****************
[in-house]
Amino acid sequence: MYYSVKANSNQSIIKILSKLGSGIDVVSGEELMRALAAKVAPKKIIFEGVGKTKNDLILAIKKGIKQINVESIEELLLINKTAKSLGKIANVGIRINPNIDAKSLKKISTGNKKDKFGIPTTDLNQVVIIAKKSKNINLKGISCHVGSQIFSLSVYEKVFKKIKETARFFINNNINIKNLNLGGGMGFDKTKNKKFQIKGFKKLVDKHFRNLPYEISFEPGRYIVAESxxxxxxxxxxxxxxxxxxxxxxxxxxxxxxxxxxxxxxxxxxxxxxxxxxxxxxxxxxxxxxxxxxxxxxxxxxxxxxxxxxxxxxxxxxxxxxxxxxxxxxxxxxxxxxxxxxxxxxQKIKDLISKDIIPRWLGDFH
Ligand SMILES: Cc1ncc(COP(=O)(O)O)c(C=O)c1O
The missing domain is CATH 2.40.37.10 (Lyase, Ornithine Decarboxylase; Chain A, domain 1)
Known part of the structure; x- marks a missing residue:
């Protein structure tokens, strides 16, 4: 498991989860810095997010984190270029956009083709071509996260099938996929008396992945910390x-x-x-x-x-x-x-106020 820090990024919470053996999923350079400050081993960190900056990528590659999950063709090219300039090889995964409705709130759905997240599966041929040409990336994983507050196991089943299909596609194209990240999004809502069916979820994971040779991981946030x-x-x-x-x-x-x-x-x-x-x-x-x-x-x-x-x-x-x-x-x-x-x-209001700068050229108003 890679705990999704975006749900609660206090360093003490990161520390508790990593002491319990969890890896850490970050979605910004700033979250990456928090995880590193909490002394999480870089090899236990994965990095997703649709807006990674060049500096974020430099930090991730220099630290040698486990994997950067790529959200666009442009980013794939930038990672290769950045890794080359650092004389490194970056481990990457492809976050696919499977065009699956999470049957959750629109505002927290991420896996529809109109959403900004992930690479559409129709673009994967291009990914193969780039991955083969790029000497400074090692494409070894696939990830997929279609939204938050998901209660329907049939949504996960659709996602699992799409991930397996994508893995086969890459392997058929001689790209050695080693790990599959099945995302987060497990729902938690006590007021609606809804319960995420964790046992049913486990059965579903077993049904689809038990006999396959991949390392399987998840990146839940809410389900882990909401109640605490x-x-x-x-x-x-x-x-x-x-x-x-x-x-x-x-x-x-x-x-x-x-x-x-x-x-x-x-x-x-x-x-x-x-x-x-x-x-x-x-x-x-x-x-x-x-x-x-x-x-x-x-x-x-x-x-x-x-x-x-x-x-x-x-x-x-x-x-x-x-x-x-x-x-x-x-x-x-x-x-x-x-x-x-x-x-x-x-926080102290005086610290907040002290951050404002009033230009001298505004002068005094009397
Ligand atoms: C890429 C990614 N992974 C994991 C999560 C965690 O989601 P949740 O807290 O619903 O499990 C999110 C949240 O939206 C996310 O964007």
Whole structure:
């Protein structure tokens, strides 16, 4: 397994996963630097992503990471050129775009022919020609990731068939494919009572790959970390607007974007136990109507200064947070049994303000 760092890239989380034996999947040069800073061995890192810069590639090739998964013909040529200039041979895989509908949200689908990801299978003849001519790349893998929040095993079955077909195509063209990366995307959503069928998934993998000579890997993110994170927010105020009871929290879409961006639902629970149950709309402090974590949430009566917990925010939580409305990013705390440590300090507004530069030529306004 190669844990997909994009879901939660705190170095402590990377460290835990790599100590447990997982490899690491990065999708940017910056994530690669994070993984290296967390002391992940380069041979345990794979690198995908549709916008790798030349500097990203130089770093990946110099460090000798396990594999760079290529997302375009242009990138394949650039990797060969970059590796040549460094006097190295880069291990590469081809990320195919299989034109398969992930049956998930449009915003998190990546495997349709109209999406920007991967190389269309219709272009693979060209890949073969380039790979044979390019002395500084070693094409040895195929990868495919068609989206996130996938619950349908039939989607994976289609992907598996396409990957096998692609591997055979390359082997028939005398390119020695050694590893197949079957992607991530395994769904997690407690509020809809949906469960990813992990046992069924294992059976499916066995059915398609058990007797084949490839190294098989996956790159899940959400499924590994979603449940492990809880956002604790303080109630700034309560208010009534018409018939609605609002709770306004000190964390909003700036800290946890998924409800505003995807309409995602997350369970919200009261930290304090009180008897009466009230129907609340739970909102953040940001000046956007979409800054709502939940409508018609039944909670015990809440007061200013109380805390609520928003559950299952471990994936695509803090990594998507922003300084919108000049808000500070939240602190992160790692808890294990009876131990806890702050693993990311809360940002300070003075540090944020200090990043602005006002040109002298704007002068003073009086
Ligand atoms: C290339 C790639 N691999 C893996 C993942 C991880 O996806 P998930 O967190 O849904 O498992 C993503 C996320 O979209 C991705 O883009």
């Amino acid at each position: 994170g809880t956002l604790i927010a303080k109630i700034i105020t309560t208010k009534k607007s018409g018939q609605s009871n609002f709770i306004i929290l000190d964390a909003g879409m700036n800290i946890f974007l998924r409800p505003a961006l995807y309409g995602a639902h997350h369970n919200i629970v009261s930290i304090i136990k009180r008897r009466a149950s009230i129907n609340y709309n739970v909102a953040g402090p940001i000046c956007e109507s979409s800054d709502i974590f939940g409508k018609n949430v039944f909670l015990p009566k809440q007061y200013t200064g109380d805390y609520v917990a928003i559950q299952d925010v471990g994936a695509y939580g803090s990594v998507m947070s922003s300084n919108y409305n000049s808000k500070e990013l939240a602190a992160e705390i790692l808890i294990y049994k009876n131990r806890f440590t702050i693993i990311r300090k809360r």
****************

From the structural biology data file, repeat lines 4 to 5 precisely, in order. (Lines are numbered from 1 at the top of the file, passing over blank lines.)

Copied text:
The missing domain is CATH 2.40.37.10 (Lyase, Ornithine Decarboxylase; Chain A, domain 1)
Known part of the structure; x- marks a missing residue: